On the policy issues of health care, science and the environment, education, the farm economy, and Native Americans (who make up a large part of Weiland's medical practice), Kevin Weiland has more knowledge than any candidate on the ballot. Just as importantly, he had a new way of thinking about national problems that were stalemated in Congress. A new way. What he did not have was knowledge of how Washington works.
The fact is that Kevin Weiland embodied the perfect combination of qualities for a 2010 Democratic candidate, beginning with the fact that he was not an incumbent Washington insider.
From the first moment Kevin Weiland called and asked what I thought about challenging Congresswoman Herseth-Sandlin in the Democratic primary, I could sense ambivalence in his voice. He was confident that he could make a good Congressman, but he was not sure he could be a good politician. He was very clear that he did not want a career in politics. In traditional politics, that ambivalence is the kiss of death. But if he had shared his ambivalence with voters by explaining that he loved the practice of medicine and his patients, intended to spend six years in Congress helping to give birth to a new national health system, then return to his medical practice, voters would have embraced the distinction between serving the people's interests when called upon, and becoming a career Washington insider.
The American people do not want life-terms for members of Congress. More importantly, they do not want candidates who campaign as if they are entitled to their seat by virtue of knowing their way around the backrooms of Washington. If Kevin Weiland had taken the challenge of limiting his tenure in Washington, Noem would have been forced to explain why she would not take the same pledge. Advantage Weiland.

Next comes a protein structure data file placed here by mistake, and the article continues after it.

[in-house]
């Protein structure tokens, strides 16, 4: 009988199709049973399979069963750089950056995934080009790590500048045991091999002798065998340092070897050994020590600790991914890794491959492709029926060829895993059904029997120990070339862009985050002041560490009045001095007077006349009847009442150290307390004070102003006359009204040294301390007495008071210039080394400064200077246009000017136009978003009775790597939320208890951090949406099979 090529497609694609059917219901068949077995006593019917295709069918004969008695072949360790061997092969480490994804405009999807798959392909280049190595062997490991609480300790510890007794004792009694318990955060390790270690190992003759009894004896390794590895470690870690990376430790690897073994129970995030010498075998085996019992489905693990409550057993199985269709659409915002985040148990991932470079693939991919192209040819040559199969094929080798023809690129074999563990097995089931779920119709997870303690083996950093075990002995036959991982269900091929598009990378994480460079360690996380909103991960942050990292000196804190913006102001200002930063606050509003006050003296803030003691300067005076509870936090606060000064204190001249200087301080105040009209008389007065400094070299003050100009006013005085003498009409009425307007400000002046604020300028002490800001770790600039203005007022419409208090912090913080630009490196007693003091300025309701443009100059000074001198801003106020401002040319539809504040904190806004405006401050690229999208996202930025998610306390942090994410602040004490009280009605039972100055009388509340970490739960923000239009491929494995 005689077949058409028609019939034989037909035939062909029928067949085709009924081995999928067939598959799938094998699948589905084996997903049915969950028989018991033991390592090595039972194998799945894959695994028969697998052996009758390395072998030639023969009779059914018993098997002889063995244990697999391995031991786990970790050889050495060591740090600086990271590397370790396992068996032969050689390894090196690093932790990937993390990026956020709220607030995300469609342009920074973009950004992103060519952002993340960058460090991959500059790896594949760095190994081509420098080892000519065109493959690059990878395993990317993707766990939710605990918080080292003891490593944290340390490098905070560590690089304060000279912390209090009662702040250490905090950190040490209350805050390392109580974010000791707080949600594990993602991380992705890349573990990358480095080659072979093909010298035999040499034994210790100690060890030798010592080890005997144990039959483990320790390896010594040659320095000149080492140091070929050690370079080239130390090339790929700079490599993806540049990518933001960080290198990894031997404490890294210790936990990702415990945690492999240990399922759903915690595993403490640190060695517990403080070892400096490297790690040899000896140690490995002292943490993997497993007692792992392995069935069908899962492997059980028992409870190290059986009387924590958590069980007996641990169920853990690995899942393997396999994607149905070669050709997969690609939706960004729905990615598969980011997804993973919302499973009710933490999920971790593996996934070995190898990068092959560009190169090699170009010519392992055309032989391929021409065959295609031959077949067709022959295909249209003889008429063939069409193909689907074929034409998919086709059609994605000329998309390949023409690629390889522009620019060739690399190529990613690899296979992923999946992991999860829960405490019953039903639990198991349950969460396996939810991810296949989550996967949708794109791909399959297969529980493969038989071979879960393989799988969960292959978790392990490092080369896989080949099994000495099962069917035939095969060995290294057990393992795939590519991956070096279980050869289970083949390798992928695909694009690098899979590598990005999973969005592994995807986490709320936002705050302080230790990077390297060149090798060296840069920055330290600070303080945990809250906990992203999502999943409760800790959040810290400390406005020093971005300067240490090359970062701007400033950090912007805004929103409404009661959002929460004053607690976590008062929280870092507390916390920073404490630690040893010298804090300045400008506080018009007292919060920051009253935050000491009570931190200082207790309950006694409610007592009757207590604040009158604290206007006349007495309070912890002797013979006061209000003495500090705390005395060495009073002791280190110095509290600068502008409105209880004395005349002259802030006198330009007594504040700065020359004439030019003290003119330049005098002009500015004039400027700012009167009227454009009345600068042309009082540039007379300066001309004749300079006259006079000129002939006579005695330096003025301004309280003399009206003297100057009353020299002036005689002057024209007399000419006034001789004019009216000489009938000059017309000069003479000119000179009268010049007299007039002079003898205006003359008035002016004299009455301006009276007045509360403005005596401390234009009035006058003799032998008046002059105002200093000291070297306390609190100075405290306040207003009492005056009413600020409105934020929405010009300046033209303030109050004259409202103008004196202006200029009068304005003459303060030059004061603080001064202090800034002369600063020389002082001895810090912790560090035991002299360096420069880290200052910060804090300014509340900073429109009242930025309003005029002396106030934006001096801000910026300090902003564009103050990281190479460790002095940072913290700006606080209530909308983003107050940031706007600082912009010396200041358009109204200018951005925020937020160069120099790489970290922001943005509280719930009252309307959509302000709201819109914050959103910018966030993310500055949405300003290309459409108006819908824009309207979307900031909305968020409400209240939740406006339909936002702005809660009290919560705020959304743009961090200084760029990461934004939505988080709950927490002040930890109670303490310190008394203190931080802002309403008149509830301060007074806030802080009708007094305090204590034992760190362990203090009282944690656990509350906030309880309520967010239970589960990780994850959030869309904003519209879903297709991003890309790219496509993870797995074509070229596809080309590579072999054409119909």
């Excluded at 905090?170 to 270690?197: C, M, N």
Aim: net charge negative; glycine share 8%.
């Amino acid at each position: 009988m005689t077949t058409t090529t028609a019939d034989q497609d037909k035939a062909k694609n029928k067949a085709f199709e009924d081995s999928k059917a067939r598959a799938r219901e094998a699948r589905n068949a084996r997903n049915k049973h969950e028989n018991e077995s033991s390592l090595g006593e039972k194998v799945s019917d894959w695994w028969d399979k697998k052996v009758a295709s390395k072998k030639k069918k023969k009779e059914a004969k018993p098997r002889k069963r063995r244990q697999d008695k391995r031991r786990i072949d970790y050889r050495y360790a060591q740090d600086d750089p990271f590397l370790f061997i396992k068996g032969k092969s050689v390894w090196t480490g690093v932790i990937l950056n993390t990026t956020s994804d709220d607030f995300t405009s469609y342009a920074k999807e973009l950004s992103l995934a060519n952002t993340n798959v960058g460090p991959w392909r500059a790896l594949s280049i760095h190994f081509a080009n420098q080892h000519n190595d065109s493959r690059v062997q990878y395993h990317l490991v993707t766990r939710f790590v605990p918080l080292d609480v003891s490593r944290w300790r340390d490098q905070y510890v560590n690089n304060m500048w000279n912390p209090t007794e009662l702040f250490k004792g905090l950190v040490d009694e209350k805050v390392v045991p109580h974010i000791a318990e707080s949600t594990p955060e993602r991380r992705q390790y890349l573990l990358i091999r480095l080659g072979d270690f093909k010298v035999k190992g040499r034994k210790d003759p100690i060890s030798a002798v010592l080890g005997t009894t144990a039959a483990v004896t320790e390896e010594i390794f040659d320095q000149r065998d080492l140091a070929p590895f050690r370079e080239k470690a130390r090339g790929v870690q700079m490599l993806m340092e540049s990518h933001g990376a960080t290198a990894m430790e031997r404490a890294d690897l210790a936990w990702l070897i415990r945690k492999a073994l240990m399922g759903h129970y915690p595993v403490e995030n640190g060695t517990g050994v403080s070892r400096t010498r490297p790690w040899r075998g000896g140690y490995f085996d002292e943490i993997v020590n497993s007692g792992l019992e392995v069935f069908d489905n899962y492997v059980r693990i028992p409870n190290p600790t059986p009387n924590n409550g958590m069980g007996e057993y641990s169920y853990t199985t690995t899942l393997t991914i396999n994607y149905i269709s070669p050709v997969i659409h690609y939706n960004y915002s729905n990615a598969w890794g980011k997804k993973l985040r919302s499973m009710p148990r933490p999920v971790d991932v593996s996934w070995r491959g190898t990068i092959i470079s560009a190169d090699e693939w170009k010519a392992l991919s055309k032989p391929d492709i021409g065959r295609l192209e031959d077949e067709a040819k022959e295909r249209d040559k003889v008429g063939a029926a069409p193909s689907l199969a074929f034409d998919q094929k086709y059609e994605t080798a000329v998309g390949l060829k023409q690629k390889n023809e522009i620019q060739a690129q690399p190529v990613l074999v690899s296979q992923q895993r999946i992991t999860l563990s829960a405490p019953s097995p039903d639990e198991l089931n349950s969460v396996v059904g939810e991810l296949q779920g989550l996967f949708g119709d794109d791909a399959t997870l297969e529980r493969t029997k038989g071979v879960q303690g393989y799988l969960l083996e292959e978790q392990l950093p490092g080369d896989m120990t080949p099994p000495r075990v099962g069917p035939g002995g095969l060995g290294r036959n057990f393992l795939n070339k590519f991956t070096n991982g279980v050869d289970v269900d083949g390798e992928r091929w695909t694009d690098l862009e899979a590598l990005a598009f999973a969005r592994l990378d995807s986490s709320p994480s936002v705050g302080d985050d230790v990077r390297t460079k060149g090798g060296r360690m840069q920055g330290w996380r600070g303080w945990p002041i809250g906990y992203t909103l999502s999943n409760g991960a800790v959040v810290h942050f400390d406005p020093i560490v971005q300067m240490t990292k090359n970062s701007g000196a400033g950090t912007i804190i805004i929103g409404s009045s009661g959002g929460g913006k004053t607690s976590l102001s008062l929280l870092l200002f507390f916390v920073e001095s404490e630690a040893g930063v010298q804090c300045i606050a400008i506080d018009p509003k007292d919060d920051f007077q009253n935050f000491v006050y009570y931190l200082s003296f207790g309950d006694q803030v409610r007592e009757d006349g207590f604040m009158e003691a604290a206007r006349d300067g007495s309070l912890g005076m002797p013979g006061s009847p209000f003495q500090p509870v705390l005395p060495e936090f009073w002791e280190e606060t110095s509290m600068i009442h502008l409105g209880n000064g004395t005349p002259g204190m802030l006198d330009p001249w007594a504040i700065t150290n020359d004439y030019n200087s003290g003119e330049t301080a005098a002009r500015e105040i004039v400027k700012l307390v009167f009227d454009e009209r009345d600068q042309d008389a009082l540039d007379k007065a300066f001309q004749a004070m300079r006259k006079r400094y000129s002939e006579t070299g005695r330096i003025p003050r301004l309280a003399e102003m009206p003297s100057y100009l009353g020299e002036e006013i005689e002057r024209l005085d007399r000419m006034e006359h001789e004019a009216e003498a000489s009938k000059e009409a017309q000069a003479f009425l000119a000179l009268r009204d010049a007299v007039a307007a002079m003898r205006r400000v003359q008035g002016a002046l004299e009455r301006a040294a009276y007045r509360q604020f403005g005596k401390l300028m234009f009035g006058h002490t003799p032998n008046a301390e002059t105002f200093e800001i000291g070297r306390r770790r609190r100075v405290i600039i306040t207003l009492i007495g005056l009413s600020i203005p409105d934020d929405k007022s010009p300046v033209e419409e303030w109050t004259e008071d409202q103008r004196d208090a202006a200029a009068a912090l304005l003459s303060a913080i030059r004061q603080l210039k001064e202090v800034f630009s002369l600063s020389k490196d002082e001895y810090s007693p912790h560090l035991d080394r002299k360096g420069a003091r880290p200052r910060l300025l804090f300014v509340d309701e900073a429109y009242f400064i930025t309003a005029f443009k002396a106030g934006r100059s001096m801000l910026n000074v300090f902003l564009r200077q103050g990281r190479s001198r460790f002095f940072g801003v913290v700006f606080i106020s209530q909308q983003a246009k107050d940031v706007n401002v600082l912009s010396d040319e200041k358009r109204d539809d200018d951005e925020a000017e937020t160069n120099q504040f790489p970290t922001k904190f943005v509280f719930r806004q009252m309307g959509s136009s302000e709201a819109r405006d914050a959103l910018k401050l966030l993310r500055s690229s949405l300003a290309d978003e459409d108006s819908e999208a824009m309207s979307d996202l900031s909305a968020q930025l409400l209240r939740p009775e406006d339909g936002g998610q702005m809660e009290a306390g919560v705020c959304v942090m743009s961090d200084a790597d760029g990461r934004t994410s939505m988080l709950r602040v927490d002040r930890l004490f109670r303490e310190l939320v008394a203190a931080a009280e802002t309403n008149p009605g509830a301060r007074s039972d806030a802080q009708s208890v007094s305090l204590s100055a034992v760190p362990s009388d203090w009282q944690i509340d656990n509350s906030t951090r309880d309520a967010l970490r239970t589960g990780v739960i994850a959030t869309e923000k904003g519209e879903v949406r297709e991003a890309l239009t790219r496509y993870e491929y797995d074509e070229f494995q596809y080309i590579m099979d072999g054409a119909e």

Why health reform?
It is important to remember that in the early summer of '09, before the town halls, before the "death panel" fear-mongering, President Obama decided to push health reform because it was at the heart of the American economic crisis and at the heart of the federal budget crisis. The federal government cannot square itself unless it can contain the inefficiency, corporate greed, and runaway costs of the private health system.
Weiland understood the connection between health reform and the economy because, as a physician, he lives it every day. He is aware, to the most obscure detail, how the current system is dominated by private insurance companies that coerce the relationship between patients and doctors.
Kristi Noem understands health reform as a one line ideological talking point. Weiland understands it as a problem of family economics and security.
The Republican alternative to a national health insurance system is not freedom of choice. It is imprisonment by private insurance. Kristi Noem campaigned on simple-minded cliches about socialism and ObamaCare. She could have been called out as an apologist for greedy insurance companies. Herseth-Sandlin was mute.
Why was the health reform debate so politically critical in shaping the '10 election?
Was the problem of exploding health costs a figment of Barack Obama's imagination? Was the private insurance system really delivering affordable, efficient health care on its own in a way we just didn't understand? Was the push for reform a Don Quixote-like adventure by an administration obsessed with expanding the federal government?
Health reform was the chosen battlefield of the right wing of a Republican Party that had been thrashed in the '08 election. It was not chosen because Republicans had alternative answers to basic policy questions. It was chosen for political advantage.
Health reform was chosen to illustrate the century old ideological split that has divided the nation since the rise of the industrial economy at the end of the 19th century. Simply put: Is health care a human right or a private privilege? Are Republicans willing to let citizens who cannot afford health insurance die to prove their ideological point about personal responsibility? If health care is a right of citizenship, is it a responsibility of popularly elected government or the anonymous bureaucrats of private insurance corporations. Is the health of the citizenry a matter of public interest or private advantage?
Republicans have never been able to explain how a human right to equal opportunity can be jammed into the private market system where the rich can purchase high quality health care while the poor, the young, and the old are discarded.